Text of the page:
What initial steps do you plan to take?
Bayer: I will establish my first independent research group to investigate these questions. We will be mainly conducting field research to take methane measurements in the environment, for example in the Austrian lakes Mondsee and Attersee. These lakes are particularly interesting for my research because Lake Attersee has much lower nutrient levels than Lake Mondsee, even though they are connected.
We also plan to take measurements in the Mediterranean Sea off the French coast, as well as in the Baltic Sea during a week-long research cruise with our cooperation partner at the Leibniz Institute for Baltic Sea Research.
Microbial methane production rates will be measured using different isotope approaches: Microorganisms take up a compound and metabolize it, releasing methane as a by-product. We provide so-called precursor compounds labelled with heavy isotopes, such as C-13. We want to find out if methane is released from these compounds and if so, how fast? We then measure in the laboratory how much methane (CH4), which is also a carbon compound, contains the heavy isotope. To find out which microorganisms produce methane, we use DNA and RNA sequencing methods.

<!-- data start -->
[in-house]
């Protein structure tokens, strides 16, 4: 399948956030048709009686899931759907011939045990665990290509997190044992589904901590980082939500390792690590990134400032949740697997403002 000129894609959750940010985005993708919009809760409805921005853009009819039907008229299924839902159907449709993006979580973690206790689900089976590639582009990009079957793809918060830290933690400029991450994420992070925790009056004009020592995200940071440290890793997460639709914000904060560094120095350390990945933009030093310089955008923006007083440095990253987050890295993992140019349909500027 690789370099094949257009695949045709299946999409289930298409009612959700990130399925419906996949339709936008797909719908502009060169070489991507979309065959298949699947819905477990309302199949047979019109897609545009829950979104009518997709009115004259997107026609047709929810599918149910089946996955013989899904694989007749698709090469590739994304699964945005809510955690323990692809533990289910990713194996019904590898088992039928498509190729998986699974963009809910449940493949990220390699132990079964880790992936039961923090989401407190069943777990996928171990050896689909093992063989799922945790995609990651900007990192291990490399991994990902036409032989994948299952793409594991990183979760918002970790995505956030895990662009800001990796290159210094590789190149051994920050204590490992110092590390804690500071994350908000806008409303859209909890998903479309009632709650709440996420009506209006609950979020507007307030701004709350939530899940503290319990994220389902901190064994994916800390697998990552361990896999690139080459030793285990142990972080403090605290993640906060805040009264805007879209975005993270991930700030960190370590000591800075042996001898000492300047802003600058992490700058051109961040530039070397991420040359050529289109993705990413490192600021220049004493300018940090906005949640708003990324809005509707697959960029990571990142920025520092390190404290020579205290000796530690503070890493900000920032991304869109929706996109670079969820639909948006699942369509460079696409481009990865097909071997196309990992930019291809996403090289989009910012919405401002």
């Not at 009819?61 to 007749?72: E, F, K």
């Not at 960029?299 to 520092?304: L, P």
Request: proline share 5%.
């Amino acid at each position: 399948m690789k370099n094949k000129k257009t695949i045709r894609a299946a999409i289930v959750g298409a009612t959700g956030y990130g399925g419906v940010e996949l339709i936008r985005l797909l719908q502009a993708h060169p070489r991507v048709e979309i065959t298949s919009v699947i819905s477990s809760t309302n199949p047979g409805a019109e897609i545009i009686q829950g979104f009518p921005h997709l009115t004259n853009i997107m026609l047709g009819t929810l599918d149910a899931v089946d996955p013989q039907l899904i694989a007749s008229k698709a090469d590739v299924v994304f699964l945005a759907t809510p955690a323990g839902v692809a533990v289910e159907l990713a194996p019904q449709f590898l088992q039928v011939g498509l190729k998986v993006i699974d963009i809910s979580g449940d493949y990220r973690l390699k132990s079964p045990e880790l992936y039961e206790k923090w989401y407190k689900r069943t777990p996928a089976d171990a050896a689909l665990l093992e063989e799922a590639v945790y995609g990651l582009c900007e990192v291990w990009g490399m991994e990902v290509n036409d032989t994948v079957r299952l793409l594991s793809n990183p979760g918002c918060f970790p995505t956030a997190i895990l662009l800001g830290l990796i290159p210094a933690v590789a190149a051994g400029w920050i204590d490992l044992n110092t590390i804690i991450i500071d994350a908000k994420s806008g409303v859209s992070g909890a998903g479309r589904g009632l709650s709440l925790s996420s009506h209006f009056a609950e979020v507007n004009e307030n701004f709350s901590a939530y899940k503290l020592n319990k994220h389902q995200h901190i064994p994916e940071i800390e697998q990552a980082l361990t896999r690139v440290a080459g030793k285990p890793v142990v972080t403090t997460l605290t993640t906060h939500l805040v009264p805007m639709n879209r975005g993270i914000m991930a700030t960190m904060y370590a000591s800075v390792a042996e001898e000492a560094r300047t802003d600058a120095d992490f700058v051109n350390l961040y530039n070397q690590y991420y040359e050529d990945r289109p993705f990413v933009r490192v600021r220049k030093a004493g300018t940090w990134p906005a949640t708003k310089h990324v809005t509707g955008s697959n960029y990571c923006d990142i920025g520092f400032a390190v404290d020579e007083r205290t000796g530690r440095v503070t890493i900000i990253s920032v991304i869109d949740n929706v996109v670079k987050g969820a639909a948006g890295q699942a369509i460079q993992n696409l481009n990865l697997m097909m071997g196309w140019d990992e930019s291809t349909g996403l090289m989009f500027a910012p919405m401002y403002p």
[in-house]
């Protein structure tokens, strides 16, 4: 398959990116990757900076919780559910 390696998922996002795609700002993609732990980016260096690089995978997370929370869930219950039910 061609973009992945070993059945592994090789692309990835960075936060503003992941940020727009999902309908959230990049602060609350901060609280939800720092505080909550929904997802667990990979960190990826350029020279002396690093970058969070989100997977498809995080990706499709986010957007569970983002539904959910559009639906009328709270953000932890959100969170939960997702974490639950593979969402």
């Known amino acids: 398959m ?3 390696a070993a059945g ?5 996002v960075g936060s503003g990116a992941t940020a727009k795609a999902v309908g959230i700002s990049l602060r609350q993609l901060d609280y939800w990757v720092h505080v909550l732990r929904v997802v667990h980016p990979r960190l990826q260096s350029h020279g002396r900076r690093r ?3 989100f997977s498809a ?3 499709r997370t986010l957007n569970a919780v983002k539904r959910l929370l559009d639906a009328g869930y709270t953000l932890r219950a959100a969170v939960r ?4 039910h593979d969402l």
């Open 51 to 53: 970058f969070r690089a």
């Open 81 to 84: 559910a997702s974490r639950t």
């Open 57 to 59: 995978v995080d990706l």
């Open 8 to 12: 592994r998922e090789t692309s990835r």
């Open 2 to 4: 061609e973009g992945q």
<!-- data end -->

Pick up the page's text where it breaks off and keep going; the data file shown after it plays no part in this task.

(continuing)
What will the START Award mean for your research activities?
Bayer: The award allows me to take a further step towards independence by giving me the resources to become an independent group leader and hire three team members.